It’s sad that the world is just filled with scams.
It seems like every other day we’re told about a new scam. Which is worrying because it means scammers are essentially working around the clock to think of ways to get us to foolishly part with our hard earned money.
It’s infuriating to me, especially when they target those who don’t know any better.
We’re talking about young people who have just started to use the internet and social media and the elderly. It’s taking advantage of people in vulnerable situations and it really grinds my gears.
Well, sadly, a new scam has hit the social media app WhatsApp.
A scam text message has been sent to many of the apps users and is falsely informing them that the app is going to start charging people to use the service.
It is not true, it’s a scam.
The text message tells people to click on a link and pay 99p for a lifetime subscription to the app because the usser’s subscription has come to an end.
However, it is a scam.
We’re urging that anyone who received this text to delete it immediately.
Do not click in the link and definitely don’t hand over your bank details.
@WhatsApp Are starting to charge for your app now? Got text saying about 0.99p subscription see screen shot. Has anybody else had this? pic.twitter.com/rYeYy7KFM5
— Mr Pothole (@mrpotholeuk) May 2, 2017
If WhatsApp was charging for it’s services it would have made a public announcement.
But if you have accidentally clicked the link then it would be wise to run antivirus software on your phone, computer, iPad, or whatever you clicked the link with.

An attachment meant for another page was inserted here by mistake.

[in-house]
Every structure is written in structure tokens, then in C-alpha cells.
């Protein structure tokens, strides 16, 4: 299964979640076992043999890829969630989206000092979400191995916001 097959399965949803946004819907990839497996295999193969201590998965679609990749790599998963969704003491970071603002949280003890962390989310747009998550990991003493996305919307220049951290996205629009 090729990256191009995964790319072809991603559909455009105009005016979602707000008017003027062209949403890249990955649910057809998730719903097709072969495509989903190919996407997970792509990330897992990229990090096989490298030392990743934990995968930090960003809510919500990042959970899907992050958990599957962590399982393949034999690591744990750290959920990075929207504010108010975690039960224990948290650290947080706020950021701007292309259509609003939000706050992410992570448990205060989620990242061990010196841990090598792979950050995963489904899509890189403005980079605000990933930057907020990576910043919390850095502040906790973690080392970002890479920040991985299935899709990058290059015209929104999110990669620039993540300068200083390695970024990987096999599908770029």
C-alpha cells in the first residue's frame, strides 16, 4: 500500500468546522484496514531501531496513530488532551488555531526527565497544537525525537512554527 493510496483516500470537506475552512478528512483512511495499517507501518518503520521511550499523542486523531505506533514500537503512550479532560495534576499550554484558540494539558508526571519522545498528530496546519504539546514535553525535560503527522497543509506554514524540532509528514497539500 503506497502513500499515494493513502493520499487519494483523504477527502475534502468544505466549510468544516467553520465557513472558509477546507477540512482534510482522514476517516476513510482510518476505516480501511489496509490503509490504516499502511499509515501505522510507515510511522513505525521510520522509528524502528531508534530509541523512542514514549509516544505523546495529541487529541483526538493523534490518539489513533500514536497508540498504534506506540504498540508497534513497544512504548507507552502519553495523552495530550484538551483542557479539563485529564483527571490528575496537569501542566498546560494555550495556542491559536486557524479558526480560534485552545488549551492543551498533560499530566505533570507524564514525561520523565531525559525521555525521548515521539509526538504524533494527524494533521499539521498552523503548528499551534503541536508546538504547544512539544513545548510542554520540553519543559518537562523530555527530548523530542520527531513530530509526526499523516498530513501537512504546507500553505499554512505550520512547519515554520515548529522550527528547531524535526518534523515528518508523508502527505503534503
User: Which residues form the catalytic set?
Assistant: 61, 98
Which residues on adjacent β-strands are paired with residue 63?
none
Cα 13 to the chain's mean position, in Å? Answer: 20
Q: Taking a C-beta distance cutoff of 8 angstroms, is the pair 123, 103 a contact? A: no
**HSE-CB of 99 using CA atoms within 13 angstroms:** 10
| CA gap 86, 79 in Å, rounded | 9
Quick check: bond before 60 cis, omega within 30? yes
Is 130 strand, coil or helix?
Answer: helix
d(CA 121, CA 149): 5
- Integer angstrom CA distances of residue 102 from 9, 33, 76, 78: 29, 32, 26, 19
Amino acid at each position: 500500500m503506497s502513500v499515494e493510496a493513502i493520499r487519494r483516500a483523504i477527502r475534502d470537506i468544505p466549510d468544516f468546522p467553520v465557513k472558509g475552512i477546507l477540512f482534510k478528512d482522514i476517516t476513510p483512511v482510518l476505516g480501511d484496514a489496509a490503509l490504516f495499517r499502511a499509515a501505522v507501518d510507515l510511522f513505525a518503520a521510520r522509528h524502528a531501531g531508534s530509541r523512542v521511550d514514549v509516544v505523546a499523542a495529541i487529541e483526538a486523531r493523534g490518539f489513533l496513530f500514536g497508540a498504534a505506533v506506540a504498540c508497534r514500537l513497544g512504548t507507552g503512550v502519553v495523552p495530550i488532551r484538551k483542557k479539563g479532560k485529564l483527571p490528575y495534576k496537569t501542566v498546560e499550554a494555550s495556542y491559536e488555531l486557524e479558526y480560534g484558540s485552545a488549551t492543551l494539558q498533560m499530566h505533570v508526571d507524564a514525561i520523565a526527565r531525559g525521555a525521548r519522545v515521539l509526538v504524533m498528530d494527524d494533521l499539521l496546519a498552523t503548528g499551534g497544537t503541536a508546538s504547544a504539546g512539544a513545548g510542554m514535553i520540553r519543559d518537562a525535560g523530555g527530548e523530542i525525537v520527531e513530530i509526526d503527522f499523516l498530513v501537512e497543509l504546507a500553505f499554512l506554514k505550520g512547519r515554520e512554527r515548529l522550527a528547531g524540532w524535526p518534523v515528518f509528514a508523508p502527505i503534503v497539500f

WhatsApp originally charged 99p after the first year, but it’s important to remember that this was later scrapped.
I’ve just had a text from “Whatsapp” saying my subscription has expired and I need to click a link to renew it. Scam, right?
— Kieran Stevenson (@kiejamste) May 30, 2017
The real mystery many are struggling with is how the scammers managed to get a hand on people’s mobile number.
It was not immediately clear where the scammers had got people’s telephone numbers from.
It’s always advised that you stay cautious when answering suspicious text messages from an uncertain source, but there are a few things you can do if you accidentally click the link or hand over your bank details.
- If you click the link, run antivirus software on your device. This is something you should do as quickly as possible.
- If you do give your bank details to a scammer contact the bank immediately to let them know of any suspicious activity and that a scammer has gotten hold of your bank details. This could prevent you from losing money or from losing all of the money in your account.
Remember, if you’re uncertain about a message asking you to click on a link, don’t click it! Better safe than sorry.
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